Thinking about what TV shows I would like to bring back if I could, my immediate answer was: “The Outcasts.”
This was THE SHOW! No “ifs” or “buts” about it. A good friend of mine and I still talk and reminisce about the show, and the impact it had on us as young kids.
Once, I was speaking to another friend on the phone, when, somehow, “The Outcasts” came up. And when I hung up, a white guy sitting next to me who overheard what I was talking about, said to me: “You were talking about ‘The Outcasts’?? God, I LOVED that show!”
When a program made over 40 years ago still has that kind of impact, then you know it was something really special.
The western series aired on ABC starting in the fall of 1968, with a premise that was deadly simple and effective. It dealt with two bounty hunters; white Southerner and former slave owner, Earl Corey, played by Don Murray, who had lost everything during the Civil War and was reduced to being a bounty hunter for a living. And his partner, a former slave named Jamal David, played by Otis Young (who passed away in 2001), who worked as a bounty hunter with his newly won freedom. However this was no love-thy-brother, “why-can’t-we-all-get-along” sappy relationship. Suffice it to say, David and Corey despised each other, but they were forced to work together for survival, in a cold, brutal and unforgiving environment.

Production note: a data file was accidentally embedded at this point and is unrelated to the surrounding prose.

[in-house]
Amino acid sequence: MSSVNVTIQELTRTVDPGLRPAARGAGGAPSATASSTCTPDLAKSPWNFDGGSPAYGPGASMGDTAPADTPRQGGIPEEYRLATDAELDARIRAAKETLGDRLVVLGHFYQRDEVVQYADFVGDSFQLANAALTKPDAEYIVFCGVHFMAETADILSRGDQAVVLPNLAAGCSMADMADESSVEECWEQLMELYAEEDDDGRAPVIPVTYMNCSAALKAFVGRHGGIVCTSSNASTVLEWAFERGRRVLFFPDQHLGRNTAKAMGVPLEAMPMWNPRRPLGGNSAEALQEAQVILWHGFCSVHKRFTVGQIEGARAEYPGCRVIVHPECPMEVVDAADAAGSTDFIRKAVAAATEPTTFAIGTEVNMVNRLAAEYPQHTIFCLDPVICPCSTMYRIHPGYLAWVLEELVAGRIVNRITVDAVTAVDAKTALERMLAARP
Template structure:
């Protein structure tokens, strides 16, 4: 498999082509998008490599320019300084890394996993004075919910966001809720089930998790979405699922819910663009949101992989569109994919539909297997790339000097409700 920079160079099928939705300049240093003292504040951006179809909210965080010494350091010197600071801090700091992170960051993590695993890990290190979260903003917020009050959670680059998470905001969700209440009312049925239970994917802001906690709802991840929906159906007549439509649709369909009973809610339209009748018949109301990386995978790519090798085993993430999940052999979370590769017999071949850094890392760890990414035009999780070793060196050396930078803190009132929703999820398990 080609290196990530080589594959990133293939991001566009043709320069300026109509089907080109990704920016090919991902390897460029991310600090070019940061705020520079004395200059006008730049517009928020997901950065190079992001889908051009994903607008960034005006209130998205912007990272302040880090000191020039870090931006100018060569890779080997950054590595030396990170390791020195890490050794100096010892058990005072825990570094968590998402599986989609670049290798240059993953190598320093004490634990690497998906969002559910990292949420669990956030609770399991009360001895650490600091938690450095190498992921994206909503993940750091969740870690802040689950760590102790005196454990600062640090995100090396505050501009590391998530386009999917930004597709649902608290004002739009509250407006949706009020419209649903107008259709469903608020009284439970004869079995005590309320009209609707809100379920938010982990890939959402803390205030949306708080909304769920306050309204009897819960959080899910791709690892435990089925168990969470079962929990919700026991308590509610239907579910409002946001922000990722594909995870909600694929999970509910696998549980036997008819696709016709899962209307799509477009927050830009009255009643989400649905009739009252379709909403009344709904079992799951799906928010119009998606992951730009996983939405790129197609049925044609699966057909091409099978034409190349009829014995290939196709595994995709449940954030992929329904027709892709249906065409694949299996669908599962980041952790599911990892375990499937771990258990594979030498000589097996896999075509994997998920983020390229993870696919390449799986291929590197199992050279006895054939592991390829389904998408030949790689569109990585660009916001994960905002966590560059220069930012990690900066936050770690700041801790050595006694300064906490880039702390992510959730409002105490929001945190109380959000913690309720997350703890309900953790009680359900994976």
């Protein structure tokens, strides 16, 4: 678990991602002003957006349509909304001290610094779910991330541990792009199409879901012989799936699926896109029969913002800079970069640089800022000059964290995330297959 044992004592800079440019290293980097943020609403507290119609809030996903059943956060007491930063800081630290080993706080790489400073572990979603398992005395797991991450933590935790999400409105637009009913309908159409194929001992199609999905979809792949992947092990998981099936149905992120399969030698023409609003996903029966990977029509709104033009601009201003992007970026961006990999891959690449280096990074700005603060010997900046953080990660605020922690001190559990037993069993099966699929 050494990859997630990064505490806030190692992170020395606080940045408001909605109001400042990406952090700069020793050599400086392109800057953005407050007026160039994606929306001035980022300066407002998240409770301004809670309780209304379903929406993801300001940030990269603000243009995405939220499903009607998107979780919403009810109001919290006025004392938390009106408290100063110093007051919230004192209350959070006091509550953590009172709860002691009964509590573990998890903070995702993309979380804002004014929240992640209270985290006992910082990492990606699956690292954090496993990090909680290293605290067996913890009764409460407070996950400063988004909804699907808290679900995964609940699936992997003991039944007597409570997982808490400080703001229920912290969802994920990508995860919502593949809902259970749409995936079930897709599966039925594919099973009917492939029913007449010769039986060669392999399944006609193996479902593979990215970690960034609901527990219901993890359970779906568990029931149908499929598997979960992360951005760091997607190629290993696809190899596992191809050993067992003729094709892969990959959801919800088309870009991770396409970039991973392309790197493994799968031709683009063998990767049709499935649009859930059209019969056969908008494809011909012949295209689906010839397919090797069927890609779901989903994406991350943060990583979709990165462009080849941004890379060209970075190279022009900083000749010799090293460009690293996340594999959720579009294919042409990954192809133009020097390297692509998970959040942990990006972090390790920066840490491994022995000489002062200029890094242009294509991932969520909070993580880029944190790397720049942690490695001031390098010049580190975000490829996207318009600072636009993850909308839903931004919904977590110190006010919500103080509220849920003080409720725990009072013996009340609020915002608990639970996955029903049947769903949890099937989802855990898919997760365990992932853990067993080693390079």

The show was blunt about racial tension. There were episodes, for example, in which David got into trouble, and Corey had to decide whether he should side with the white guys, or to defend his partner, despite the fact that he hated his guts.
David, on the other hand, was angry. I mean, he was one pissed off brotha. I still remember one particular episode during which the pair wound up on an old former plantation, where there was an ex-slave played by Roscoe Lee Browne, still rooting for the Confederacy. The hate and contempt David had for Browne burned a hole through the screen.
Needless to say, the show only lasted ONE season and was canceled after 30 episodes. It was all-too real, and too raw for audiences at the time to take. And, considering it premiered just months after the assassinations of Marin Luther King Jr. and Robert Kennedy, as this country was boiling over with riots, watching American soldiers being killed in Vietnam every night on the network news, “The Outcasts” was not the show that people wanted to see at the time.
However, audiences are even more timid today, and there’s NO WAY a network would ever consider making a show like that again. Not even perhaps HBO. It was a hard reflection of the turbulent times that this country was going through. People today would rather watch NeNe Leakes than something that would really challenge them. And that’s our loss.
But “The Outcasts” is a show that begs to be released on DVD, or, at least, syndicated on some cable network for people to discover it again. You don’t know what you’re missing.
Here’s an opening sequence from the show with Otis Young. I dare you to tell me that you don’t want to see the rest of this episode.